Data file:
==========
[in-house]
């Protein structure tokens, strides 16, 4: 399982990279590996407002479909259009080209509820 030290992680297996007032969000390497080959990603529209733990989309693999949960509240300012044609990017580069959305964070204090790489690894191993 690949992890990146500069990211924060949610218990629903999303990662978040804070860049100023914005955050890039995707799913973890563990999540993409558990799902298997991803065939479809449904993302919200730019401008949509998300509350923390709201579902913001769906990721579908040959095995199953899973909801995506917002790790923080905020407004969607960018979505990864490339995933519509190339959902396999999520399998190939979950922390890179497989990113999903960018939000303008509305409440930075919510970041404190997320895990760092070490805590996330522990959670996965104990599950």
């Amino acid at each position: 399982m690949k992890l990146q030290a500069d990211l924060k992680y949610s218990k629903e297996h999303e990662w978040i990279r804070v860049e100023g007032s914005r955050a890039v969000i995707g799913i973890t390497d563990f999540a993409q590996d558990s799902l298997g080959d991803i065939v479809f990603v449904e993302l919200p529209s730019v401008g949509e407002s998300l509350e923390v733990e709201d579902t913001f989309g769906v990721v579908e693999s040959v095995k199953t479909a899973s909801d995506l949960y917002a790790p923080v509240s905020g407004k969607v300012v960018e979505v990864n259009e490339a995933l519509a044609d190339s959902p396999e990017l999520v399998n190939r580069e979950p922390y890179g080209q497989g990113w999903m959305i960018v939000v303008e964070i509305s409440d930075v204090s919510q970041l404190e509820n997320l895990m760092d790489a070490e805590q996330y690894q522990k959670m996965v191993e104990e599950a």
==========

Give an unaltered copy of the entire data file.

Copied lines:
[in-house]
């Protein structure tokens, strides 16, 4: 399982990279590996407002479909259009080209509820 030290992680297996007032969000390497080959990603529209733990989309693999949960509240300012044609990017580069959305964070204090790489690894191993 690949992890990146500069990211924060949610218990629903999303990662978040804070860049100023914005955050890039995707799913973890563990999540993409558990799902298997991803065939479809449904993302919200730019401008949509998300509350923390709201579902913001769906990721579908040959095995199953899973909801995506917002790790923080905020407004969607960018979505990864490339995933519509190339959902396999999520399998190939979950922390890179497989990113999903960018939000303008509305409440930075919510970041404190997320895990760092070490805590996330522990959670996965104990599950």
């Amino acid at each position: 399982m690949k992890l990146q030290a500069d990211l924060k992680y949610s218990k629903e297996h999303e990662w978040i990279r804070v860049e100023g007032s914005r955050a890039v969000i995707g799913i973890t390497d563990f999540a993409q590996d558990s799902l298997g080959d991803i065939v479809f990603v449904e993302l919200p529209s730019v401008g949509e407002s998300l509350e923390v733990e709201d579902t913001f989309g769906v990721v579908e693999s040959v095995k199953t479909a899973s909801d995506l949960y917002a790790p923080v509240s905020g407004k969607v300012v960018e979505v990864n259009e490339a995933l519509a044609d190339s959902p396999e990017l999520v399998n190939r580069e979950p922390y890179g080209q497989g990113w999903m959305i960018v939000v303008e964070i509305s409440d930075v204090s919510q970041l404190e509820n997320l895990m760092d790489a070490e805590q996330y690894q522990k959670m996965v191993e104990e599950a």